RNA structure investigation: a deuterium kinetic isotope effect/hydroxyl radical cleavage experiment
Ingle, Shakti Singh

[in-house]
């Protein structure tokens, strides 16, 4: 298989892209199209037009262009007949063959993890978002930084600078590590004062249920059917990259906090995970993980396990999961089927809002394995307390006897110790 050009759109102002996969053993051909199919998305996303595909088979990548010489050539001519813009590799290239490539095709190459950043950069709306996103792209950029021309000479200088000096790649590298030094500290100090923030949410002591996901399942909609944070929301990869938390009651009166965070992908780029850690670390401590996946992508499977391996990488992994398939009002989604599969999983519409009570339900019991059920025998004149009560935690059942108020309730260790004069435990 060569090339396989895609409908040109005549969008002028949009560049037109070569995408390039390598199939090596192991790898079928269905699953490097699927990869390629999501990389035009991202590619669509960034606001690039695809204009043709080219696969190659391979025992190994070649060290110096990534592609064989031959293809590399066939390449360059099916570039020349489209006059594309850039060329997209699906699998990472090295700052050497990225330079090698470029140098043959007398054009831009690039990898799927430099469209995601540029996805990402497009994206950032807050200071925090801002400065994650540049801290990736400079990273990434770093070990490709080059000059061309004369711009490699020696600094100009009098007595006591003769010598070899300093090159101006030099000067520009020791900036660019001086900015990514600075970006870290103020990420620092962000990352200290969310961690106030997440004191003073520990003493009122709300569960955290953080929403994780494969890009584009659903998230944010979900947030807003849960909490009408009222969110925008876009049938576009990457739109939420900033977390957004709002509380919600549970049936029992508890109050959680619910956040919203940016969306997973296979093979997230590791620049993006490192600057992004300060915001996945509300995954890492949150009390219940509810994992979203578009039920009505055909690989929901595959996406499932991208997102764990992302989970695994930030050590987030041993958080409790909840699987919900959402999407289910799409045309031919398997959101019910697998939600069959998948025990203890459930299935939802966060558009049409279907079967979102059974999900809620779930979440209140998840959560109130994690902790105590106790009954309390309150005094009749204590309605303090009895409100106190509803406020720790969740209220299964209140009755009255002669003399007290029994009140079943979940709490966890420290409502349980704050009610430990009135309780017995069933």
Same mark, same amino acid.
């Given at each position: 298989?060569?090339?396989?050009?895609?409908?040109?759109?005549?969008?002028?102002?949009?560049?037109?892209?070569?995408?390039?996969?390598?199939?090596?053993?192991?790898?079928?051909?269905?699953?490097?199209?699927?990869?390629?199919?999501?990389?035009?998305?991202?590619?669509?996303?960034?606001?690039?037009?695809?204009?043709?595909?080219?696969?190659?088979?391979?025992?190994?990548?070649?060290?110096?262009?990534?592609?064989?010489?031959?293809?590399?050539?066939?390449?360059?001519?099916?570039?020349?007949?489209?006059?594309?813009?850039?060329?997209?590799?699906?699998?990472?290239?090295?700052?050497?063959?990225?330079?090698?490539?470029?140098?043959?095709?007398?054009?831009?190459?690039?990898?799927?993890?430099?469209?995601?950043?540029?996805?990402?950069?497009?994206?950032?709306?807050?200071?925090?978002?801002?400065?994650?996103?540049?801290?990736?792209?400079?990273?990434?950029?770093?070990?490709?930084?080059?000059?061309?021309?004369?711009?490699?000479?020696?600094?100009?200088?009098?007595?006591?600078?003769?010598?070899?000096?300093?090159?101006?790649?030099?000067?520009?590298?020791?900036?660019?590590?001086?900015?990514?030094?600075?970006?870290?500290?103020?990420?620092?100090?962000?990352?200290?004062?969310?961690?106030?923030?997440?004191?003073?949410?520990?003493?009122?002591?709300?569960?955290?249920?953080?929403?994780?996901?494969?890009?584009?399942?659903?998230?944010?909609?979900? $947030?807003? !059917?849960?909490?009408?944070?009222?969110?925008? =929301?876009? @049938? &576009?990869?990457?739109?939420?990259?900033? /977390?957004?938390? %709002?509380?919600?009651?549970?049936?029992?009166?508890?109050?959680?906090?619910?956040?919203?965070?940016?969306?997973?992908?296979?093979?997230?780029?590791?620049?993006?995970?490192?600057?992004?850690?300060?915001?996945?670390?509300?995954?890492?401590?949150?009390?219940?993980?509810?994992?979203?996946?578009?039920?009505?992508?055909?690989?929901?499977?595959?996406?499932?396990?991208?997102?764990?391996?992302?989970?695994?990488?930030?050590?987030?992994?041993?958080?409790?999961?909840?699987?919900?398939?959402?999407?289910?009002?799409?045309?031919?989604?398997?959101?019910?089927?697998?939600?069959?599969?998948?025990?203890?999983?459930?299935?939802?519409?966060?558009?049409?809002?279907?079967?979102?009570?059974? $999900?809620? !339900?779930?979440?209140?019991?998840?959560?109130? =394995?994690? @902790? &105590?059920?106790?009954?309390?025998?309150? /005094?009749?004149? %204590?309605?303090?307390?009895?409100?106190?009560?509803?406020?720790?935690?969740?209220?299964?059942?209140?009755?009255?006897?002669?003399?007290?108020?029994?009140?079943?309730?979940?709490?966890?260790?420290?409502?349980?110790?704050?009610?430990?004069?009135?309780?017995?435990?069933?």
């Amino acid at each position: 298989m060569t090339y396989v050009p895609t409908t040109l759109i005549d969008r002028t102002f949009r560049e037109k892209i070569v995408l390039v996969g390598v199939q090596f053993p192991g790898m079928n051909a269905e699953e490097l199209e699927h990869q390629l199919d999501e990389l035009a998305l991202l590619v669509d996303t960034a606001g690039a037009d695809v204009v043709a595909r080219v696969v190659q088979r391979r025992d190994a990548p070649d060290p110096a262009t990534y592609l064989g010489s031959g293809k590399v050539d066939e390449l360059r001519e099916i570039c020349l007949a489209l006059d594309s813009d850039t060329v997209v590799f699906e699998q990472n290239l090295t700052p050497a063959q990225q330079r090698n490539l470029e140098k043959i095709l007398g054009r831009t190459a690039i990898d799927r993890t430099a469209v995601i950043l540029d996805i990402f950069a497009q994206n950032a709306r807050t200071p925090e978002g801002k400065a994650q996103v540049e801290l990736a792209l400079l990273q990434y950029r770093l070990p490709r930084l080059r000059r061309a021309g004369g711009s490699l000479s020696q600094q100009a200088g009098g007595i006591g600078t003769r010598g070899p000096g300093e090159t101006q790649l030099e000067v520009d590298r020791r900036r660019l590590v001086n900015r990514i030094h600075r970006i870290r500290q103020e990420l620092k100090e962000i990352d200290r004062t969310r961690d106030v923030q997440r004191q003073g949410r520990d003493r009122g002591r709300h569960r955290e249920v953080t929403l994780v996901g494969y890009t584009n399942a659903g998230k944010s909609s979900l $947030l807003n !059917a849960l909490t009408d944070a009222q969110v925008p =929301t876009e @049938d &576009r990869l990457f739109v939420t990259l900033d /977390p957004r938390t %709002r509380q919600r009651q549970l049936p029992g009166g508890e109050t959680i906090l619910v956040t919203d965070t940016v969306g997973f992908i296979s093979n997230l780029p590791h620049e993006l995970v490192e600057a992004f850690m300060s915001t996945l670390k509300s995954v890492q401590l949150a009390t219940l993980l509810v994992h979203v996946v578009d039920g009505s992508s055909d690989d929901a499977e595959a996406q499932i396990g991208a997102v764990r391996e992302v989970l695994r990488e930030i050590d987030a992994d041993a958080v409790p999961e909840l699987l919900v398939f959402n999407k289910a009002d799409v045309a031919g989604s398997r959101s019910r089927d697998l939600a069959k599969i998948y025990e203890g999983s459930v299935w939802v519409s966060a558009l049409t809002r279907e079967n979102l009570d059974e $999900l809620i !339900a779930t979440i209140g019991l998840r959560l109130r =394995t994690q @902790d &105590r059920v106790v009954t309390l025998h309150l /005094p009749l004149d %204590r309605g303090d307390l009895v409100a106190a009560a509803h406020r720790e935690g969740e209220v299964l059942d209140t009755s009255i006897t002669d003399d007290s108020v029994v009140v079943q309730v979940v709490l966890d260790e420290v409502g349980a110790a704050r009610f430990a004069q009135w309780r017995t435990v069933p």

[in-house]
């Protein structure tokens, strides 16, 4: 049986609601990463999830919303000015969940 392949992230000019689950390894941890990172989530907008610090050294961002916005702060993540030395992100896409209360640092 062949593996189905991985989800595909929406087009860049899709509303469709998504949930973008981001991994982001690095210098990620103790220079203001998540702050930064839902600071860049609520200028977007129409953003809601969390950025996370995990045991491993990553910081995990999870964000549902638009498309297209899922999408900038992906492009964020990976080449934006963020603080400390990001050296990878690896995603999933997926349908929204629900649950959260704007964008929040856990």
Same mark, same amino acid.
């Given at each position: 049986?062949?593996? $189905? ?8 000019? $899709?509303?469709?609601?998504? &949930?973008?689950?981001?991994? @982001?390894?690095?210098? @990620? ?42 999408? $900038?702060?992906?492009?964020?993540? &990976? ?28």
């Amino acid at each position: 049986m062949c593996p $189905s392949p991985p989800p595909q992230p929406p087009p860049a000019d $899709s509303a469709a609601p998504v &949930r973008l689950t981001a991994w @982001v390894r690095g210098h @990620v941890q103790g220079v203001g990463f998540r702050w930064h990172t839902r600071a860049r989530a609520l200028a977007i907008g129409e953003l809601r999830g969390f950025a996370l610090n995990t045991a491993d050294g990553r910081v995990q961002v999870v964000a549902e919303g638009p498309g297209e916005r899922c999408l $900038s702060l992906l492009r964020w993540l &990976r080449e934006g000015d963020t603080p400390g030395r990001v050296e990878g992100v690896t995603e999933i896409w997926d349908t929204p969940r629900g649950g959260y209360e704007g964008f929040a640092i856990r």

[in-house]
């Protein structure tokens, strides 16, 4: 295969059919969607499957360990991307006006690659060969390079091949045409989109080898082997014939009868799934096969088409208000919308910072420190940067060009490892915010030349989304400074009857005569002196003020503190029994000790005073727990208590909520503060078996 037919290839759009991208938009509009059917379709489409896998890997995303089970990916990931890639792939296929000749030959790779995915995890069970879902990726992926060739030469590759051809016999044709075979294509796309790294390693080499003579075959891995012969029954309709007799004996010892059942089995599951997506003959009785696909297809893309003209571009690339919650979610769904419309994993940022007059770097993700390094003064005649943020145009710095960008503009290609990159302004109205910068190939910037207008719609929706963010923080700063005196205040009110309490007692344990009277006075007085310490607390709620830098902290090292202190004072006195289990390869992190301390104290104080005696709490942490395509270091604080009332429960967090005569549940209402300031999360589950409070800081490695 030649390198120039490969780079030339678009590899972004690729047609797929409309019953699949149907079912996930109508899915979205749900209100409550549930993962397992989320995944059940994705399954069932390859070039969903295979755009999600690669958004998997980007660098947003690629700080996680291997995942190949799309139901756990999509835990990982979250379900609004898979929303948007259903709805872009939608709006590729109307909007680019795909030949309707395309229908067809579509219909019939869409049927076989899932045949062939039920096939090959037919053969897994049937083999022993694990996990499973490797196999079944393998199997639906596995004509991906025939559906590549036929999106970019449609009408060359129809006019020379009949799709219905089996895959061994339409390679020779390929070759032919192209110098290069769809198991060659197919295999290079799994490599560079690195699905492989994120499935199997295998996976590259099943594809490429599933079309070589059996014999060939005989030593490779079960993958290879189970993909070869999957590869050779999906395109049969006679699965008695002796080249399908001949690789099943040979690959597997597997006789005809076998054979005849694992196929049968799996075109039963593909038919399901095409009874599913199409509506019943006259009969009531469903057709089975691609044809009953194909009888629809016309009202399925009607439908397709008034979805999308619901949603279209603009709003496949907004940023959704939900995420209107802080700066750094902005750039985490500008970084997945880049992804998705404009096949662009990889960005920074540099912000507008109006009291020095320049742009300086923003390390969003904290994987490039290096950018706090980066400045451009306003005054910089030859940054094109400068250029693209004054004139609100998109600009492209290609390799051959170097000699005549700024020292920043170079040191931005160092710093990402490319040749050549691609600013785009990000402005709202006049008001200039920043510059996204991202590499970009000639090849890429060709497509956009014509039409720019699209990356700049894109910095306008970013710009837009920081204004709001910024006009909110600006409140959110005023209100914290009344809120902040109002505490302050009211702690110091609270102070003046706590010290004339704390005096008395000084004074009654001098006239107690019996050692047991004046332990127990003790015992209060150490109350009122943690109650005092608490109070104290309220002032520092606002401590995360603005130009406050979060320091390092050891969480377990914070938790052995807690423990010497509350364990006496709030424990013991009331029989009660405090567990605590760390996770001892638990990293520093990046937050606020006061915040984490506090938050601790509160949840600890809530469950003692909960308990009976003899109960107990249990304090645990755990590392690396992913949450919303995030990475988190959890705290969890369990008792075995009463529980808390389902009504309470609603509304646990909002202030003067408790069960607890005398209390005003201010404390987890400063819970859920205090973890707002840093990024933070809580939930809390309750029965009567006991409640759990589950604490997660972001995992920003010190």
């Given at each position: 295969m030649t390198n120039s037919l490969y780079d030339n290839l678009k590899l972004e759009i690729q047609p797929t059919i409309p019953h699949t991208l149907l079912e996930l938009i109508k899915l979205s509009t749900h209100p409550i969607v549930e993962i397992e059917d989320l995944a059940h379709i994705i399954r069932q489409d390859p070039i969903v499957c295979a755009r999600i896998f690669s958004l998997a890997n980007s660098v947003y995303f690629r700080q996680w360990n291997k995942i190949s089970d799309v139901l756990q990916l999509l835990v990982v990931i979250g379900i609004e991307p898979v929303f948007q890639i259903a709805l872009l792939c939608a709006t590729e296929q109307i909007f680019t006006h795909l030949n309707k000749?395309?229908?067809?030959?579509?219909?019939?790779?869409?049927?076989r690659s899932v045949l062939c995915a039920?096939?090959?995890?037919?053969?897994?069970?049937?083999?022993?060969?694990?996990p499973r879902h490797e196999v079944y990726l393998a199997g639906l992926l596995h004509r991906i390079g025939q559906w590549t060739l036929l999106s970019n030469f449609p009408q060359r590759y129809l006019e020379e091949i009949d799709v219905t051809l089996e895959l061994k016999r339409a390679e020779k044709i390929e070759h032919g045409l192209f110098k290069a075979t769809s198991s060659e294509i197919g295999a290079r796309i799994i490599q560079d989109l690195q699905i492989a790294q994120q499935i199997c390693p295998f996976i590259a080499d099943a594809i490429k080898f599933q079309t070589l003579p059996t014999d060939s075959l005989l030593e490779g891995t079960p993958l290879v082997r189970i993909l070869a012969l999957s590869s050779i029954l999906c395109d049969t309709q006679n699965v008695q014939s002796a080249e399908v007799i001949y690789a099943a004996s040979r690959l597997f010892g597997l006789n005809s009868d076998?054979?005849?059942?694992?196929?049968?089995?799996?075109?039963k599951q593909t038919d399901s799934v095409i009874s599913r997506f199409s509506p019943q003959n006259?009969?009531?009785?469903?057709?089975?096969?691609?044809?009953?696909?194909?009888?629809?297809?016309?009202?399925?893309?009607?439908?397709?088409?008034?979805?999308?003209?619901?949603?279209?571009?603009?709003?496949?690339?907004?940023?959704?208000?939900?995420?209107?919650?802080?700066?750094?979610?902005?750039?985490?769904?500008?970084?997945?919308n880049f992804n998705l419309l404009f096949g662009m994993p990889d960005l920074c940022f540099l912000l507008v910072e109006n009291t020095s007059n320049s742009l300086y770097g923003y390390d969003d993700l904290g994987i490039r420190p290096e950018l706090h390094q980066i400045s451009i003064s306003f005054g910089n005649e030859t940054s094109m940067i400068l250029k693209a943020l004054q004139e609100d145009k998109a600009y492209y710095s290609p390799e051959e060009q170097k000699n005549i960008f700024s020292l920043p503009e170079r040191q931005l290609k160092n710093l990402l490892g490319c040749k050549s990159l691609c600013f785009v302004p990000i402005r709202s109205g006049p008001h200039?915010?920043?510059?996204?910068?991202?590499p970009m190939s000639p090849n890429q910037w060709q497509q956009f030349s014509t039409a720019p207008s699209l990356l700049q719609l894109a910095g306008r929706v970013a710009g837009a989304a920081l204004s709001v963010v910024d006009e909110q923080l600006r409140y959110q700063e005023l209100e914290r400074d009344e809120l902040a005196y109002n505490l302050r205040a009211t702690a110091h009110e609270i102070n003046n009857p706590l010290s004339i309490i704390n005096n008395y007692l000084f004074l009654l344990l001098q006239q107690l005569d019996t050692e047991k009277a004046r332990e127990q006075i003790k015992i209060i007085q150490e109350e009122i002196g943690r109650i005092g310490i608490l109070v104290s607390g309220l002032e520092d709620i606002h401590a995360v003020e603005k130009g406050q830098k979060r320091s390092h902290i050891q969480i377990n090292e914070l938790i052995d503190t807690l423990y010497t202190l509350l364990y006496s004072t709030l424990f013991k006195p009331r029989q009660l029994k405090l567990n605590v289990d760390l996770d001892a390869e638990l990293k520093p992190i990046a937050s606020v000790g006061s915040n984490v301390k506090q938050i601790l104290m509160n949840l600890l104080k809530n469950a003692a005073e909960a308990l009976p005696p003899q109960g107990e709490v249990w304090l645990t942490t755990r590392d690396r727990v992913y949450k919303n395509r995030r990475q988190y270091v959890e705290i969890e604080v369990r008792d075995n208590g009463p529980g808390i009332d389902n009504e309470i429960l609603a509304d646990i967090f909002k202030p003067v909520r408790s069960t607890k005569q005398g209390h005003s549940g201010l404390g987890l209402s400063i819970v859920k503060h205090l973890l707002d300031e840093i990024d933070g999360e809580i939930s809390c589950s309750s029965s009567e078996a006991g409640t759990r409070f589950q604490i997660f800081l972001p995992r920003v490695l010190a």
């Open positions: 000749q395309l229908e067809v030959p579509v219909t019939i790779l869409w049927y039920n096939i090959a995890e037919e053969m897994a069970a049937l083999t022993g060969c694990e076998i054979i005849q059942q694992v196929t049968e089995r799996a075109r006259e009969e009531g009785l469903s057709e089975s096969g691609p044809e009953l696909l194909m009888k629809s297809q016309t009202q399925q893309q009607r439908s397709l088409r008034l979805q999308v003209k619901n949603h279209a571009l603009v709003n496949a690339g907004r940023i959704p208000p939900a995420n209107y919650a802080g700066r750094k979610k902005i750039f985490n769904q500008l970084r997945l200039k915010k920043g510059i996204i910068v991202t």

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The hydroxyl radical is widely used as a high-resolution footprinting agent for DNA and RNA. The hydroxyl radical abstracts a hydrogen atom from the sugar- phosphate backbone of a nucleic acid molecule, creating a sugar-based radical that eventually results in a strand break. It was shown previously that replacement of deoxyribose hydrogen atoms with deuterium results in a kinetic isotope effect (KIE) on hydroxyl radical cleavage of DNA. The KIE correlates well with the solvent accessible surface area of a deoxyribose hydrogen atom in DNA. We chose the structurally well-defmed sarcin-ricin loop (SRL) RNA molecule as a model system to extend the deuterium KIE/hydroxyl radical cleavage experiment to RNA. We observed a substantial KIE upon deuteration of the 5'-carbon of the ribose. Values ranged from 1.20 to 1.96, and depended on the position of the residue within the SRL. We found a smaller KIE upon 4'-deuteration. Values ranged from 1.05 to 1.23. Values of 5' and 4' KIEs correlate with the extent of cleavage and with the solvent accessible surface areas of ribose hydrogen atoms ofthe SRL. Gel electrophoresis of cleavage products reveals that the strand break is terminated at the 5' end by multiple chemical species. Upon 3'-radiolabeling a specifically 5'-deuterated SRL RNA molecule, we observed a KIE on the production of a cleavage product having a gel mobility different from that of a phosphate-terminated RNA strand. Reduction with sodium borohydride gave rise to an RNA fragment terminated by a 5'-hydroxyl group. These experiments are consistent with 5' hydrogen abstraction by the hydroxyl radical producing a 5'-aldehyde-terminated RNA strand that retains the nucleotide from which the hydrogen atom was abstracted. This is the first report of such a species. This chemistry has important implications for the interpretation of structural analysis experiments on RNA that rely on primer extension to synthesize eDNA copies of hydroxyl radical cleavage products. The different 5'-terminated products resulting from hydroxyl radical cleavage at a given nucleotide would yield cDNAs of two different lengths, thereby distributing the cleavage intensity over two nucleotides instead ofone and lowering the resolution ofthe experiment.
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